Let’s ‘Ban Chainsaws’ in Terengganu
In the hands of illegal loggers chainsaws can become weapons of environmental mass destruction. Photo Credit: Pixabay
Illegal logging, despite efforts to stamp it out, continues unabated in the forests of Terengganu. What to do? Rosli Zakaria, an environmentalist based in the scenic state, has an idea: ban chainsaws.
Existing protection measures by forestry officials, including the use of surveillance drones, have thus far proved insufficient in putting an end to rampant illegal logging, Rosli argues. “While the drones and the FMRS (Forest Monitoring Remote Sensing satellite) can accurately detect activities from the air, the real deal is on the ground where a 10-men elite enforcement unit tracks down illegal logging activities and spends days to mount ambushes at confirmed sites,” he writes. “Since early this year, the unit has achieved mixed success.”
That’s because, routinely, once forestry officials have wrapped up their raid of a newly discovered site of illegal logging, the loggers return a few days later, armed with their chainsaws, to carry on cutting down trees where they’ve left off, either there or elsewhere. The solution, in Rosli’s view, is to disarm loggers, so to speak. “[T]he best and probably the most effective way to curb illegal logging is to ban the sale of chainsaws to the public and to issue chainsaw licences or permits to only concessionaires and relevant agencies,” he suggests. “Without chainsaws, it would be very difficult for illegal loggers to fell trees in forest reserves.”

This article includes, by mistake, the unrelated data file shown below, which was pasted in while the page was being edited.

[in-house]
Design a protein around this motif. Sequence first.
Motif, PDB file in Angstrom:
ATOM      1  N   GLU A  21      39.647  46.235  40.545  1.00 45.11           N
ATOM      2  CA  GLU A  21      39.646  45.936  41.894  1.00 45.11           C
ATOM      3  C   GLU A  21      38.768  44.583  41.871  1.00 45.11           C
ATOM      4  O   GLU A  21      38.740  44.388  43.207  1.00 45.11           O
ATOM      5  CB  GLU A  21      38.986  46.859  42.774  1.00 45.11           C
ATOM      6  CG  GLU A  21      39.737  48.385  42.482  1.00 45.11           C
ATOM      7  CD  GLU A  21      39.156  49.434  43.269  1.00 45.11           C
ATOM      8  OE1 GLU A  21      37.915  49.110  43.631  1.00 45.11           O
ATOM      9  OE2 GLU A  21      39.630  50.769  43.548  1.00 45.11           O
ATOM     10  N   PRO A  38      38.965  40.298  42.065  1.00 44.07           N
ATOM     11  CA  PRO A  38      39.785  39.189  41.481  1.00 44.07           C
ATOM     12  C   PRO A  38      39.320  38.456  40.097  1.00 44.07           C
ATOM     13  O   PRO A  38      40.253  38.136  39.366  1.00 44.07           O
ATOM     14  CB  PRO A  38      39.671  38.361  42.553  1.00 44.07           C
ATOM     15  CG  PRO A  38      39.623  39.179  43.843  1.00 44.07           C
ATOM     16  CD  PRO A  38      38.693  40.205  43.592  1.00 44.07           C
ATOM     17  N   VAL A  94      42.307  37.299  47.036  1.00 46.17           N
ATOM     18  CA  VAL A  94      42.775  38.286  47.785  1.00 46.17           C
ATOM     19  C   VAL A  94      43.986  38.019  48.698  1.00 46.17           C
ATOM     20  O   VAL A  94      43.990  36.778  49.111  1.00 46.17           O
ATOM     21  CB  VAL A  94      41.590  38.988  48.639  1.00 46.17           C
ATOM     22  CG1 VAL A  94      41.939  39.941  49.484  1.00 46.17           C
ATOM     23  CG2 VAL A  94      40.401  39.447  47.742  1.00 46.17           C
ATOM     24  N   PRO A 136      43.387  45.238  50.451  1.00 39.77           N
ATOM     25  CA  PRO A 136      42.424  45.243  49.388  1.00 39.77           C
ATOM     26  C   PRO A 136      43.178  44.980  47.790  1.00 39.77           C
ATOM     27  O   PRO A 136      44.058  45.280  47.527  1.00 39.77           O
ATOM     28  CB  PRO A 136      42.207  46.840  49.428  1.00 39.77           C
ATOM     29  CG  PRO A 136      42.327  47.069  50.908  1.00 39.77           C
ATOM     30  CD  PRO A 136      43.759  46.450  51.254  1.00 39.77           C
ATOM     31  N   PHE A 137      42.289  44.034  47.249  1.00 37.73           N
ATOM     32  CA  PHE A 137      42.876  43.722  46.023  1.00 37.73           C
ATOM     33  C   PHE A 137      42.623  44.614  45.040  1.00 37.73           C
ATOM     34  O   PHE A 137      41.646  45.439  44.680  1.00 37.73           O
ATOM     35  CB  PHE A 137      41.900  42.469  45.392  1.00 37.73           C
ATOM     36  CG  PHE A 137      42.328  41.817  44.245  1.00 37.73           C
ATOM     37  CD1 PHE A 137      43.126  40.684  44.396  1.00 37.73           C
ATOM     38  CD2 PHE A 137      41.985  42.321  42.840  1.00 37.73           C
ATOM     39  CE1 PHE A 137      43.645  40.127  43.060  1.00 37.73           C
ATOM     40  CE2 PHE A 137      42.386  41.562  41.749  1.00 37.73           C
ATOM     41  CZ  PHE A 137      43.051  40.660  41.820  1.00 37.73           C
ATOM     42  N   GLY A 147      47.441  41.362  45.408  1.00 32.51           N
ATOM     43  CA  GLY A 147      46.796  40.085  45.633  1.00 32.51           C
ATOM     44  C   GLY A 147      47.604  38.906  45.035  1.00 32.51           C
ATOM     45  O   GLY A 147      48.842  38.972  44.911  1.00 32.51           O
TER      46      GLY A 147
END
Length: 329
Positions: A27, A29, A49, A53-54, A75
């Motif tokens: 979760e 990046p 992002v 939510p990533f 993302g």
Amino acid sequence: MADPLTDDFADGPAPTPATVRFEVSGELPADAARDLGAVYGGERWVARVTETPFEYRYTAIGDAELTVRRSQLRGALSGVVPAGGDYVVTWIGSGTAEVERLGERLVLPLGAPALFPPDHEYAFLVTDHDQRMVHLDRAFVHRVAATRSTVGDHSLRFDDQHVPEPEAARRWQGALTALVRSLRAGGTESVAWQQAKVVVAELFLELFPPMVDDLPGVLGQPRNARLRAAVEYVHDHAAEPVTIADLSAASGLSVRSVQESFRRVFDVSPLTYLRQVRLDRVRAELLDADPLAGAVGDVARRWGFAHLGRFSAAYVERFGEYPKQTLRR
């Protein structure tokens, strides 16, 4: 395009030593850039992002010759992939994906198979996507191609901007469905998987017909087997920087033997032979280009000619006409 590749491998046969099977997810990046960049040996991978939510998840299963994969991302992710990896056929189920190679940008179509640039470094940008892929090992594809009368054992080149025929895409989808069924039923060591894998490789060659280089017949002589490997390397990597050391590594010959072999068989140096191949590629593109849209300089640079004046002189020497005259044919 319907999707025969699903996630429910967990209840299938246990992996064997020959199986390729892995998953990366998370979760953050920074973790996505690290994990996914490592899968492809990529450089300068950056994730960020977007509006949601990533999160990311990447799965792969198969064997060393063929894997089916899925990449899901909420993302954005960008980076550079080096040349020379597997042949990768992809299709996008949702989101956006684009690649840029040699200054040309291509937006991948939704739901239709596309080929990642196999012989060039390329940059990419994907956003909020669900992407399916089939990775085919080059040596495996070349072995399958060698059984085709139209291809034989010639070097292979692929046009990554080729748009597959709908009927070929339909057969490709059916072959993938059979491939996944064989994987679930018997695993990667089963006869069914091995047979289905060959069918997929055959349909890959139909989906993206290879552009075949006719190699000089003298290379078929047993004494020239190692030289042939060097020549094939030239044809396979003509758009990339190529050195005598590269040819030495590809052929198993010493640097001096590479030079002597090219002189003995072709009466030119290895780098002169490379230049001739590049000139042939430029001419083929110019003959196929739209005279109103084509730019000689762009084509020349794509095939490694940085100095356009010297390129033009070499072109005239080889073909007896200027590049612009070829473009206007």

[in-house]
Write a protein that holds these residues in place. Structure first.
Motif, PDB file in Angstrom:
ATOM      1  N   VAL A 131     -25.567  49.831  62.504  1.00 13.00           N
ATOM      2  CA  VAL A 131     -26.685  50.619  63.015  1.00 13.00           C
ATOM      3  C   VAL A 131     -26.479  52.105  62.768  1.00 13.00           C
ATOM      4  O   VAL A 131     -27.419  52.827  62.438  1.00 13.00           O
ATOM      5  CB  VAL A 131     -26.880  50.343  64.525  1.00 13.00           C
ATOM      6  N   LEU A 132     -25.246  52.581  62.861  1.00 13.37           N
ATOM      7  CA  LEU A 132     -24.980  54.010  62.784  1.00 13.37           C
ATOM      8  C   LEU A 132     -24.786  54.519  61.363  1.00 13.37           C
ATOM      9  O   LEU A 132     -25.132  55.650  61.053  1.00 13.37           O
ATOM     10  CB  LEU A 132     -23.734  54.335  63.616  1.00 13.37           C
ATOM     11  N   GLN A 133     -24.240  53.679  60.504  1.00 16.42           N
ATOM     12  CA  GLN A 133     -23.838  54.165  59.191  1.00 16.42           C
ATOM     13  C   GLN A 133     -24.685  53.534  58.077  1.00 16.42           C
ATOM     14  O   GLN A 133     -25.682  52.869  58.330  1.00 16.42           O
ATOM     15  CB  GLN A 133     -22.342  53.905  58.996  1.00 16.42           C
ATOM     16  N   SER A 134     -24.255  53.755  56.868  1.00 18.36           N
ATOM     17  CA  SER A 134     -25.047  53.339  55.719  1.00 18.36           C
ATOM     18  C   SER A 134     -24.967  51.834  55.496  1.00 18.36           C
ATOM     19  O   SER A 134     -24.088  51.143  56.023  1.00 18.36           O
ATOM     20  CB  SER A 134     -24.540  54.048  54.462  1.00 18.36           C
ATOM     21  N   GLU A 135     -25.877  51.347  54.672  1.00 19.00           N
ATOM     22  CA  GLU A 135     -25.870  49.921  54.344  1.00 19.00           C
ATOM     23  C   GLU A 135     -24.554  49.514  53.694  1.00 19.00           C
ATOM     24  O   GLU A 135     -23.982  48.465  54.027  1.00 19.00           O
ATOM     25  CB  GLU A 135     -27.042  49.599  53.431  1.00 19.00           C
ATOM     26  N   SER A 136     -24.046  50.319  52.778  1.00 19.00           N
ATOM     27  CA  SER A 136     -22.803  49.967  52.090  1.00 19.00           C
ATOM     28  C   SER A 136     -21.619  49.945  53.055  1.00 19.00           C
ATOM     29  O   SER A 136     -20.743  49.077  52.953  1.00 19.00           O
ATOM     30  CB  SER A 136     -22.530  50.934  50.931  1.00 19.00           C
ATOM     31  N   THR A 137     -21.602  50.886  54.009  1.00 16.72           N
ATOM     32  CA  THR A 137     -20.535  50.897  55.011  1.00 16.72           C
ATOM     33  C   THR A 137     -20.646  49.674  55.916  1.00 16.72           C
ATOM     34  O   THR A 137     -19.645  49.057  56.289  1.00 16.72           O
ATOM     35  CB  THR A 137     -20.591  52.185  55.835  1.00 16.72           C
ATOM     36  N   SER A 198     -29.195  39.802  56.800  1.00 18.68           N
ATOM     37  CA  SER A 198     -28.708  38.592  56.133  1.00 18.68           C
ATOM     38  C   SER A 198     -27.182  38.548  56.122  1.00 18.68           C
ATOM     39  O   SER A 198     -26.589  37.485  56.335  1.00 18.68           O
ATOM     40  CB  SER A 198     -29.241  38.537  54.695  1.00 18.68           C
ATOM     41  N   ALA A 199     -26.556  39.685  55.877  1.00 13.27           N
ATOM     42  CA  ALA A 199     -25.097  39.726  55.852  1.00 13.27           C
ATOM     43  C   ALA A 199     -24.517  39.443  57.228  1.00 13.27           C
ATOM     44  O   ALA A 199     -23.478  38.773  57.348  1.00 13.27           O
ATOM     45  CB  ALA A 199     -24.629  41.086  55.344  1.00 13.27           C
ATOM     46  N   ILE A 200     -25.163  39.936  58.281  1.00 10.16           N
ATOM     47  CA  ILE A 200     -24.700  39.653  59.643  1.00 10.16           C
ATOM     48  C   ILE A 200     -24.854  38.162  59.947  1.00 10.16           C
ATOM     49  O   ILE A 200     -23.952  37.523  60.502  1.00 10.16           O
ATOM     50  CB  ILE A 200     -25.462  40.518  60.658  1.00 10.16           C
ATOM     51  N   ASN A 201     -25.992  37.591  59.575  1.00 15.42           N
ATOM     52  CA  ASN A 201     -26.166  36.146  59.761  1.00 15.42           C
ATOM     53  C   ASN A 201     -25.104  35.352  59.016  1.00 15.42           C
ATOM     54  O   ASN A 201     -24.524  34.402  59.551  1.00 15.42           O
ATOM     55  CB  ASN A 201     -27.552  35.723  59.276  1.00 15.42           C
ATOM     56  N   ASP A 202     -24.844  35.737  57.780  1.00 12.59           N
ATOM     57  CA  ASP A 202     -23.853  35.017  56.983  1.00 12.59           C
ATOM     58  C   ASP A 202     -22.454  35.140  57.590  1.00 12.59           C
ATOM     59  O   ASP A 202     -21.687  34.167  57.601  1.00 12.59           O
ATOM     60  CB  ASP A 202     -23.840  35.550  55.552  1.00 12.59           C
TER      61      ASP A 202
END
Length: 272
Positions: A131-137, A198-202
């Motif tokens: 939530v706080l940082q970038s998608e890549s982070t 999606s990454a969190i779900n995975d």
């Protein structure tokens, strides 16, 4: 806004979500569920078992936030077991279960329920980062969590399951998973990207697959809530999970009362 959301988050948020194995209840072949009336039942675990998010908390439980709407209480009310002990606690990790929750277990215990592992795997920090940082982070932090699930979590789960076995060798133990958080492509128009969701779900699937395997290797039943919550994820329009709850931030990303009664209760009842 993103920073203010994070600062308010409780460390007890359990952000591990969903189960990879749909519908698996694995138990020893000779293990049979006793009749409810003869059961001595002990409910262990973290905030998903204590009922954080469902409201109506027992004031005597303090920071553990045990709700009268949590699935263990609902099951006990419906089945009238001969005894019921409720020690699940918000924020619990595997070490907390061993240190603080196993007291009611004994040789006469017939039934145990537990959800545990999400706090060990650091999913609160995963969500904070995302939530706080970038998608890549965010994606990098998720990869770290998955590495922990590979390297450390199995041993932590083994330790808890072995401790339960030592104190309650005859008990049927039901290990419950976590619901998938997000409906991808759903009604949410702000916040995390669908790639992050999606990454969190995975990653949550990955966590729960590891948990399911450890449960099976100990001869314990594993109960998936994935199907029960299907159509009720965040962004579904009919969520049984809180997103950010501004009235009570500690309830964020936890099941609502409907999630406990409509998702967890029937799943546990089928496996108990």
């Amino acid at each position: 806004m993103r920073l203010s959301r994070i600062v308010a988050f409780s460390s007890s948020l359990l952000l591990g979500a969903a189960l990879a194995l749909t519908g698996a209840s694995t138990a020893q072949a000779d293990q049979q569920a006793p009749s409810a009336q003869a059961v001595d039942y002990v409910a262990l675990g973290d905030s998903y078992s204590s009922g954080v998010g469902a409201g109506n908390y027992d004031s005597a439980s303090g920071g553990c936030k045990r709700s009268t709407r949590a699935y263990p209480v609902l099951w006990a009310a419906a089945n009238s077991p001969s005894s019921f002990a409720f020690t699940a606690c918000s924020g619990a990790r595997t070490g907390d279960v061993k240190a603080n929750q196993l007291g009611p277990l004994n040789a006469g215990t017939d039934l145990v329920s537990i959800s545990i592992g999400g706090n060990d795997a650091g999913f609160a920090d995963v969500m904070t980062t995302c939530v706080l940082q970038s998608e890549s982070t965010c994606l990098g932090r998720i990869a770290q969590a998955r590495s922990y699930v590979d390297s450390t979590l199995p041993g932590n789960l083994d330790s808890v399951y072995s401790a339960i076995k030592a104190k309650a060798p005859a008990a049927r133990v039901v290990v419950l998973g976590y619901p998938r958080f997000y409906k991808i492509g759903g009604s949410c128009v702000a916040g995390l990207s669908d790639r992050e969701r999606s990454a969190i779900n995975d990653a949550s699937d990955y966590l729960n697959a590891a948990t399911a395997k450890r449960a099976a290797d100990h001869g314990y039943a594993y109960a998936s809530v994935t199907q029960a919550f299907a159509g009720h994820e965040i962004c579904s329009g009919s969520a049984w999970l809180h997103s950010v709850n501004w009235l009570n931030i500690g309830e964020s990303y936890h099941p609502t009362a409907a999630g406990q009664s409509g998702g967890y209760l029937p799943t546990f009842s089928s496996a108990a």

In other words, the sale of chainsaws should be modeled on that of firearms: only people who can be trusted to use them legally and wisely should have access to them. Anyone caught possessing or using a chainsaw without a valid permit should face severe penalties. “The argument is that chainsaws kill trees, just like guns can kill people,” he surmises.
Local Forestry Department officials are apparently on board with the idea. “We have to go back to the basics,” Rosli quotes one of them explaining. “In the past trees were felled using axes and saws and it may take a few days to cut down a tree [that way]. However, an experienced chainsaw operator can fell at least 10 trees a day. Just imagine the rate of destruction if a chainsaw is used by an illegal logger.”
The idea of banning chainsaws or making them harder to obtain has been floated in several other countries that face similar problems with illegal logging in the region. Last year Cambodia’s Agriculture Minister Ouk Rabun proposed limiting the sale of imported chainsaws in forested areas in an bid to thwart illegal loggers.
Disarming illegal loggers? Now there’s an idea.